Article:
The ol element represents a list of items, where the items have been intentionally ordered, such that changing the order would change the meaning of the list.
When showing option elements in select elements, user agents should show the option elements of such groups as being related to each other and separate from other option elements.
In certain circumstances described in the definition of the select element, an option element can be a select element's placeholder label option. A placeholder label option does not represent an actual option, but instead represents a label for the select control.
The param element defines parameters for plugins invoked by object elements. It does not represent anything on its own.
The pre element represents a block of preformatted text, in which structure is represented by typographic conventions rather than by elements.
Represents the completion progress of a task. Progress may be either indeterminate — meaning it is unclear how much work remains before the task is complete (e.g., the task is waiting for a response from a remote host) — or a numeric value between 0 and a given maximum, explicitly specifying the fraction of work that has so far been completed.
Represents a container for parentheses used to wrap ruby text () inside aelement. These are displayed by browsers which don't support , allowing for graceful degradation of ruby content. Browsers which supporthidevia display:none.
Represents a container for ruby text inside aelement.content becomes the small annotations rendered by default above horizontal base text or to the right of vertical base text.
Represents a container for base text and ruby text — small annotations used for phonetic readings in languages such as Japanese and Chinese. Examples include furigana and zhùyin fúhào (bopomofo).
The script element allows authors to include dynamic script and data blocks in their documents. The element does not represent content for the user.
Represents a generic document or application section. In this context, a section is a thematic grouping of content, typically with a header, possibly with a footer. Examples include chapters in a book, the various tabbed pages in a tabbed dialog box, or the numbered sections of a thesis. A web site's home page could be split into sections for an introduction, news items, contact information.
Represents side comments such as small print. It is not intended to be presentational. The small element should not be used for extended spans of text such as multiple paragraphs, lists, or sections of text. It is only intended for short runs of text.
The source element allows authors to specify multiple alternative media resources for media elements. It does not represent anything on its own. The src attribute gives the address of the media resource. The value must be a valid non-empty URL potentially surrounded by spaces. This attribute must be present.
The span element doesn't mean anything on its own, but can be useful when used together with the global attributes, e.g. class, lang, or dir. It represents its children.
Represents strong importance for its contents. Indicate relative importance by nesting strong elements each strong element increases the importance of its contents. Changing the importance of a piece of text with the strong element does not change the meaning of the sentence.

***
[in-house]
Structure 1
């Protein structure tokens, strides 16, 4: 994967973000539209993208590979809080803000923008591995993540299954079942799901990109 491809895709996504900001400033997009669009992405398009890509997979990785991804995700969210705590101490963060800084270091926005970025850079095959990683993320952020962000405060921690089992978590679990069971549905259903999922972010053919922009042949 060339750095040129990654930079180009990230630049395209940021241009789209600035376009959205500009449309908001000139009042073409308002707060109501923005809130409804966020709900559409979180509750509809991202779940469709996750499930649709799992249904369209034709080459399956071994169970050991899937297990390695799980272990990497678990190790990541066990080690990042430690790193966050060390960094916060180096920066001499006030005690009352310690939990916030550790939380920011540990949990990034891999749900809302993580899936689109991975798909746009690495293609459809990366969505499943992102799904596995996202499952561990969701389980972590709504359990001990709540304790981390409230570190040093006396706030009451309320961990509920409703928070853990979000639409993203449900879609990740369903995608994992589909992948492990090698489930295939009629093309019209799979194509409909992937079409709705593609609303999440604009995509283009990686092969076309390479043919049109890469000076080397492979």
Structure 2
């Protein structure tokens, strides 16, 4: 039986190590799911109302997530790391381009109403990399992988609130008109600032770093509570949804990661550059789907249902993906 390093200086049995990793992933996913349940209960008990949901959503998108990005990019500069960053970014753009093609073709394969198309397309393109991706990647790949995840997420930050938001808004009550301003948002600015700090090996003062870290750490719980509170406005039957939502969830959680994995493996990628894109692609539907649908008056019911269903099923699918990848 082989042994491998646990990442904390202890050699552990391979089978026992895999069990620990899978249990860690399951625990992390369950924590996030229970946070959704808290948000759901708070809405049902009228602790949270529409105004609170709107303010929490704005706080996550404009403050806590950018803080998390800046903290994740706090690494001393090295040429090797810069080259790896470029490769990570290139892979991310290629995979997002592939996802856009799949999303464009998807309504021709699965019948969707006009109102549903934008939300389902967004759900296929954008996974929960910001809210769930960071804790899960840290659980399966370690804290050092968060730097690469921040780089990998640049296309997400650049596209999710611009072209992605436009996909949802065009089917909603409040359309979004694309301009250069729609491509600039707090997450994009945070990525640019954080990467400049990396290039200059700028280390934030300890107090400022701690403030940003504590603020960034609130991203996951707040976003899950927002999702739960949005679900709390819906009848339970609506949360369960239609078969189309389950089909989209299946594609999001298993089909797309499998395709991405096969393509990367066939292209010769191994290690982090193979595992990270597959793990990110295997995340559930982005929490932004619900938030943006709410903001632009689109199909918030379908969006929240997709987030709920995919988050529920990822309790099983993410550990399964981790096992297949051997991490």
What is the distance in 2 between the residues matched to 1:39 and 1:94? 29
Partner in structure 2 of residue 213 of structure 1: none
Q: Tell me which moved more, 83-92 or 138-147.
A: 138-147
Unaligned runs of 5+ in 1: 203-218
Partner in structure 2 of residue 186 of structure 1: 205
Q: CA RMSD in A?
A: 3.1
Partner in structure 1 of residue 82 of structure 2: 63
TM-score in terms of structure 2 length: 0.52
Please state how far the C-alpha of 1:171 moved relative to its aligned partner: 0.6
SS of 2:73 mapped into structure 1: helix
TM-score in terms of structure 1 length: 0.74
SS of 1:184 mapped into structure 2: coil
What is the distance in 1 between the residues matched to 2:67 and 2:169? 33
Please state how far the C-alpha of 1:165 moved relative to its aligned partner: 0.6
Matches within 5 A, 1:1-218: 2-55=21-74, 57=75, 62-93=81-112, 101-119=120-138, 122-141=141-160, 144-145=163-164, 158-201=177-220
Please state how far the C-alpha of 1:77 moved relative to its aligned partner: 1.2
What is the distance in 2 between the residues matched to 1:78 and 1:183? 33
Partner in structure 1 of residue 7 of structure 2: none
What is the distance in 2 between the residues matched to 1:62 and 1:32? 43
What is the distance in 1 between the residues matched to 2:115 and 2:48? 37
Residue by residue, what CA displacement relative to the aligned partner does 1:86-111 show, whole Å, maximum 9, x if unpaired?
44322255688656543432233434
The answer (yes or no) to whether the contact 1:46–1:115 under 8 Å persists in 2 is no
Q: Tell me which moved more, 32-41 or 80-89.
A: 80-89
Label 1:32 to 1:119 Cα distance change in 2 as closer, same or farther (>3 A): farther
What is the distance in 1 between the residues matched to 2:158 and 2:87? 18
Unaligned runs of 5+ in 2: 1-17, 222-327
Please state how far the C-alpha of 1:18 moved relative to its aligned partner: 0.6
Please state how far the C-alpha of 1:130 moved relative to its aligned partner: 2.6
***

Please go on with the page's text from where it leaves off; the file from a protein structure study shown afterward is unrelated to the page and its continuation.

The style element allows authors to embed style information in their documents. The style element is one of several inputs to the styling processing model. The element does not represent content for the user.
The summary element represents a summary, caption, or legend for the rest of the contents of the summary element's parent details element, if any.
The table element represents data with more than one dimension, in the form of a table. Tables must not be used as layout aids.
The tbody element represents a block of rows that consist of a body of data for the parent table element, if the tbody element has a parent and it is a table.
The textarea element represents a multiline plain text edit control for the element's raw value. The contents of the control represent the control's default value.
The tfoot element represents the block of rows that consist of the column summaries (footers) for the parent table element, if the tfoot element has a parent and it is a table.
The thead element represents the block of rows that consist of the column labels (headers) for the parent table element, if the thead element has a parent and it is a table.
Represents a precise date and/or time in the proleptic Gregorian calendar. The time element encodes modern dates and times in a machine-readable way, so that, for example, user agents could offer to add an event to the user's calendar.
The title element represents the document's title or name. Authors should use titles that identify their documents even when they are used out of context, for example in a user's history or bookmarks, or in search results. The document's title is often different from its first heading, since the first heading does not have to stand alone when taken out of context.
The track element allows authors to specify explicit external timed text tracks for media elements. It does not represent anything on its own.
The u element represents a span of text with an unarticulated, though explicitly rendered, non-textual annotation (when you are annotating something, but not explicitly saying what it is). Examples include indicating misspelt words, labeling proper names in traditional Chinese prose, or indicating a family name when the name’s order is non-western.
The ul element represents a list of items, where the order of the items is not important — that is, where changing the order would not materially change the meaning of the list.
The var element represents a variable. This could be an actual variable in a mathematical expression or programming context, or it could just be a term used as a placeholder in prose.
Content may be nested inside the element. User agents should not show this content to the user. Authors should use this content to force older browsers to use a legacy plugin or to inform the user of how to access the content.